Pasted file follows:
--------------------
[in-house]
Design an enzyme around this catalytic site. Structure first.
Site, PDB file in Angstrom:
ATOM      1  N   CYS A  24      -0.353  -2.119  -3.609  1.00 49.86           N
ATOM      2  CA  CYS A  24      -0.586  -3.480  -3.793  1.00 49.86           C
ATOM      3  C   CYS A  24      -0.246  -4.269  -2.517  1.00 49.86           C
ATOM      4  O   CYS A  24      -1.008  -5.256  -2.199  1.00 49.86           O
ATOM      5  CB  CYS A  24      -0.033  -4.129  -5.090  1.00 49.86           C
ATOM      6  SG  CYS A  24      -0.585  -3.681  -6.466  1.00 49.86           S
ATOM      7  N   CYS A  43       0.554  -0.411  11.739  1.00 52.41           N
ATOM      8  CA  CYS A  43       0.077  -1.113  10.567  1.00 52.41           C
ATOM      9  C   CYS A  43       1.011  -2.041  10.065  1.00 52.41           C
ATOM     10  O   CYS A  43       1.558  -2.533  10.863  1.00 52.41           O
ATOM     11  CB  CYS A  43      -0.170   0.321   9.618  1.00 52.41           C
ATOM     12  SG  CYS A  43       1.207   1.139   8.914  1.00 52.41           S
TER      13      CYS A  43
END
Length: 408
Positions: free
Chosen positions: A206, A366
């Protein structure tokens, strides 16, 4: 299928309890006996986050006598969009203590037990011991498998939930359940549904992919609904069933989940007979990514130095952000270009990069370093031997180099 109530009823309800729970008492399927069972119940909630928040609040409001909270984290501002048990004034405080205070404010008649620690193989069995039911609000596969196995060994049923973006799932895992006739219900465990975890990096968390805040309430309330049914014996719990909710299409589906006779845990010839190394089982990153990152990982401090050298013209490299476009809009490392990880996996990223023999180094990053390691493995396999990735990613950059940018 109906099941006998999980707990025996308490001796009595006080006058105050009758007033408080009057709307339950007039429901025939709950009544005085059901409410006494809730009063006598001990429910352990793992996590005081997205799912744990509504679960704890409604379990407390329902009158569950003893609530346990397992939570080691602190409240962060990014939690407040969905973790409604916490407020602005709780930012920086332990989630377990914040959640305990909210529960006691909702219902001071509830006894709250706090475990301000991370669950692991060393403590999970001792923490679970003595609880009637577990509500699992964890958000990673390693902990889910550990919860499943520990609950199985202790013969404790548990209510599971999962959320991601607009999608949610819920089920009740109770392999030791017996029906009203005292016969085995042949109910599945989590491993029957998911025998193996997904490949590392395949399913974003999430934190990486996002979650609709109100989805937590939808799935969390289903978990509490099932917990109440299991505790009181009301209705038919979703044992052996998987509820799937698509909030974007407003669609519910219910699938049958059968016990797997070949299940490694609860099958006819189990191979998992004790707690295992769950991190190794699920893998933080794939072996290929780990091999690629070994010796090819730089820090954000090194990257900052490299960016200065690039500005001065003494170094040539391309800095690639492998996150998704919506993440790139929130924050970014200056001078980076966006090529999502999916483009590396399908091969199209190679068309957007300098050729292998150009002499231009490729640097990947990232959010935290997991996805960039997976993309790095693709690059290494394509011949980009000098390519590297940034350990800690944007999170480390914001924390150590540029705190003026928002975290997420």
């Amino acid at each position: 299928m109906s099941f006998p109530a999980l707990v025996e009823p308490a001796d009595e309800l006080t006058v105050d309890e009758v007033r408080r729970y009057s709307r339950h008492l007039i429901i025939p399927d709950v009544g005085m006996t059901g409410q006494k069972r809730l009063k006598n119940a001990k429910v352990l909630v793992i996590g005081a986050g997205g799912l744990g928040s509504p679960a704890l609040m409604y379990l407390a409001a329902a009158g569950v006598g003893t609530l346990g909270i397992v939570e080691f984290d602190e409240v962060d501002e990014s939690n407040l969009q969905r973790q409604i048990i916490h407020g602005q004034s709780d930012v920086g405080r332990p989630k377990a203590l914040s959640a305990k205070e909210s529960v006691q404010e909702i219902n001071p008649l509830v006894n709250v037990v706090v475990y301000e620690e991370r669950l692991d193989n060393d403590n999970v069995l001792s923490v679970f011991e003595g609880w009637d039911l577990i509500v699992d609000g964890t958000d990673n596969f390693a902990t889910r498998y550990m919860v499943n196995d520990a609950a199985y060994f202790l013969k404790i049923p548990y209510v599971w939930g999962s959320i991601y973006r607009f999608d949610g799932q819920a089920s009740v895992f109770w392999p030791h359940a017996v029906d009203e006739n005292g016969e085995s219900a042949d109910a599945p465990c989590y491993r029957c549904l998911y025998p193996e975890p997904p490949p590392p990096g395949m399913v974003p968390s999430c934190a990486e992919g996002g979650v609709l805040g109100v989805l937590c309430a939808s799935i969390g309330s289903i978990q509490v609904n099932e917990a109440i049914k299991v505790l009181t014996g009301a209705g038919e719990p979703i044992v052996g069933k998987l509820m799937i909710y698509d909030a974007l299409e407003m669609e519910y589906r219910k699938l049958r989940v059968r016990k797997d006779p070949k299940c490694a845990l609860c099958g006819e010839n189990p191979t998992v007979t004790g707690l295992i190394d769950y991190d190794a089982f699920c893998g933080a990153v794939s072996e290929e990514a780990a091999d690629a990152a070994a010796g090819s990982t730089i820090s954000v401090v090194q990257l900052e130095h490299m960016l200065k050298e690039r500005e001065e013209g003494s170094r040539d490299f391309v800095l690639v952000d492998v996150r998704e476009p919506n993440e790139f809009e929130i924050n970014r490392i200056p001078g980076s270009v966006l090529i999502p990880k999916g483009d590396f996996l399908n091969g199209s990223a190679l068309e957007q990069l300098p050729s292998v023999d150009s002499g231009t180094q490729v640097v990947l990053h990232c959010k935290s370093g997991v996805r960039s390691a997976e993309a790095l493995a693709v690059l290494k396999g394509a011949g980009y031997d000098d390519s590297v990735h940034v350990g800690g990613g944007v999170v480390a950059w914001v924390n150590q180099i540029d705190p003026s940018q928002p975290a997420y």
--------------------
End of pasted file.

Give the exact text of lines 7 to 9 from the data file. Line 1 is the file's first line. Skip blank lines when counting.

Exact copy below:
ATOM      4  O   CYS A  24      -1.008  -5.256  -2.199  1.00 49.86           O
ATOM      5  CB  CYS A  24      -0.033  -4.129  -5.090  1.00 49.86           C
ATOM      6  SG  CYS A  24      -0.585  -3.681  -6.466  1.00 49.86           S